One method I firmly endorse is the use of visualization. Through the rehearsal of visualizations of abstinence, being neutral to triggers, etc., during the Theta dominant (crossover) stage of brainwave biofeedback training sessions, the patient develops alternative behavior that will be available in real-life situations. The visualization process works similar to post- hypnotic suggestion; i.e., situations that in the past would have triggered negative behavior literally become triggers for the new mentally rehearsed positive alternatives. Constructed visualization as a tool by itself is extremely valuable and when combined with Theta Brainwave states, the visualized images are impressed deep within the mind. The mentally rehearsed images become “real” to the subconscious and eventually replace old patterns of conditioned responses.
Another important factor is the imagery that spontaneously occurs in Alpha-Theta hypnogogic states. A goal of psychotherapy is the integration of repressed material into conscious awareness. This self-integrative process occurs quite often during brainwave training sessions as the individual maintains a semi-conscious awareness, (referred to as reverie), while producing brainwave patterns normally associated with unconscious states. The result is a natural integration of repressed material, usually through symbolic mini-dreams. The individual with the aid of the therapist can then process these experiences. The experiences do not necessarily have to be analyzed, but, rather, acknowledged as a natural therapeutic process. Meaning and interpretation will usually come to the individual when encouraged by the therapist to “free associate” with the symbolic images that occur during the hypnogogic states. I have observed PTSD and abuse patients experience remarkable resolution through these mini-dream experiences. They report, after one of these experiences, that they feel a sense of “being complete” with a particular person or situation and that they are now ready to move forward in their lives. However, I believe it is important to note the difference between “reverie” and “clear-thoughtless-aware” states of consciousness.
Although I acknowledge the value of reverie states, I coach my patients to remain as alert as possible as they orient to the Alpha and progress to the Theta signal. If images occur spontaneously we will process it. However, “reverie states” are not the objective. This brings us to another aspect of EEG biofeedback that is perhaps the most difficult to explain because it is in the realm of subjective experience. The experience is almost impossible to describe to someone unless they have had a similar one. It has to do with getting beyond or ‘transcending’ thought processes. The paradox of Alpha-Theta EEG training is that while you orient to a signal indicating the presence of the desired brainwave pattern, if you think, “Oh, now I’m producing Theta!” you loose the pattern due to the increased thought activity. With training you eventually develop the ability to consciously observe and witness internal and external stimuli, without judging or thinking. This is similar to the experience Zen meditators describe as a state of “knowing” rather than “thinking.” This skill brings with it a new volition in regard to cognitive processing. Thought influences emotional states and emotional states generate corresponding behavior.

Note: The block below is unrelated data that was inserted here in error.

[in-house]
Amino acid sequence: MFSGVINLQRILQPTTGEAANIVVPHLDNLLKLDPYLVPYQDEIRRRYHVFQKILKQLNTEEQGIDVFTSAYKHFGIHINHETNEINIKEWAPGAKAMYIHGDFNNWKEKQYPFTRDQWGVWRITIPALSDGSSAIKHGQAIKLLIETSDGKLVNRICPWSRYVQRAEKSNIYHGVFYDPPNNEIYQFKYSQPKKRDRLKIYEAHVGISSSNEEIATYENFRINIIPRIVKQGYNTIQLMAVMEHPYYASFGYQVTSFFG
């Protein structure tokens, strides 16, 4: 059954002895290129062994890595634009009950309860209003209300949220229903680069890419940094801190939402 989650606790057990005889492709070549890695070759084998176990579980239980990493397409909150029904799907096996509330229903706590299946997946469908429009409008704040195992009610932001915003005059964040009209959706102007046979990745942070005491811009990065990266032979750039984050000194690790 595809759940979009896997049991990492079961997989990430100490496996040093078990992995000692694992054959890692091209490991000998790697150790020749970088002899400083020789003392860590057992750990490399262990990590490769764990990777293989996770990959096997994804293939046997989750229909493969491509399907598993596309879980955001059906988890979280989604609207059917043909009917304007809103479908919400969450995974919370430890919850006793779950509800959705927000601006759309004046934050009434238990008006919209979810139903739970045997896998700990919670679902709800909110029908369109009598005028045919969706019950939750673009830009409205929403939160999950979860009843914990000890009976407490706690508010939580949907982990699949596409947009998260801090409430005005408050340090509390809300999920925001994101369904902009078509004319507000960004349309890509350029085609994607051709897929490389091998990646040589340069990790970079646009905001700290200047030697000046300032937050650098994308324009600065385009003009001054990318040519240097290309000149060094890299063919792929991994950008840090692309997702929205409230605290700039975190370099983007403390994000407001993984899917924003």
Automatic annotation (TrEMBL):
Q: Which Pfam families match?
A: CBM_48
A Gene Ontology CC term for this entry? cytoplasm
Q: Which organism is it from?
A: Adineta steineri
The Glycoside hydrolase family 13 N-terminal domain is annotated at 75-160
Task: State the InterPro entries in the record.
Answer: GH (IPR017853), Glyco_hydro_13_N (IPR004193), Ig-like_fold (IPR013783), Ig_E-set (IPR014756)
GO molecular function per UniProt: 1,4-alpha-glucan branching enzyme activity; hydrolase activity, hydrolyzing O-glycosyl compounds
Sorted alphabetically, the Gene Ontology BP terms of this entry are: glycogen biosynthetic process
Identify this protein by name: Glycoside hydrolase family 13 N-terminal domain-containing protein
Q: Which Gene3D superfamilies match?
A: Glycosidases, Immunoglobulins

Through Alpha-Theta training the patient develops a new awareness of thought processes. This is somewhat analogous to a goal of Albert Ellis’ RET (Hansen et al., 1982). One eventually develops choice in regard to thought content and thereby gets at the root of negative trigger emotions and the associated behavior. This gives a new sense of awareness in every situation.
I do not believe in any new or fast cures for addiction. The cure has been known for a long time. In my view, awakening through higher states of consciousness is the key to freedom from addiction. By creating an opportunity to experience higher states of consciousness, EEG biofeedback may be one of the few ways to aid in the process. It is the viability of the methods used that is important and whether EEG biofeedback provides a shortcut or not, only time and further research will tell. The current trend in the recovery community is an evolution from self-help to Self- realization. We are collectively evolving from the desperation of, “I’m an addict forever!”, to the inspiration of discovering the true Self within. I believe EEG biofeedback will be a part of an evolutionary trend, not only in the treatment of addiction, but also in the whole future spectrum of health and healing.
If you have any specific questions you would like to have addressed, feel free to contact Martin Wuttke.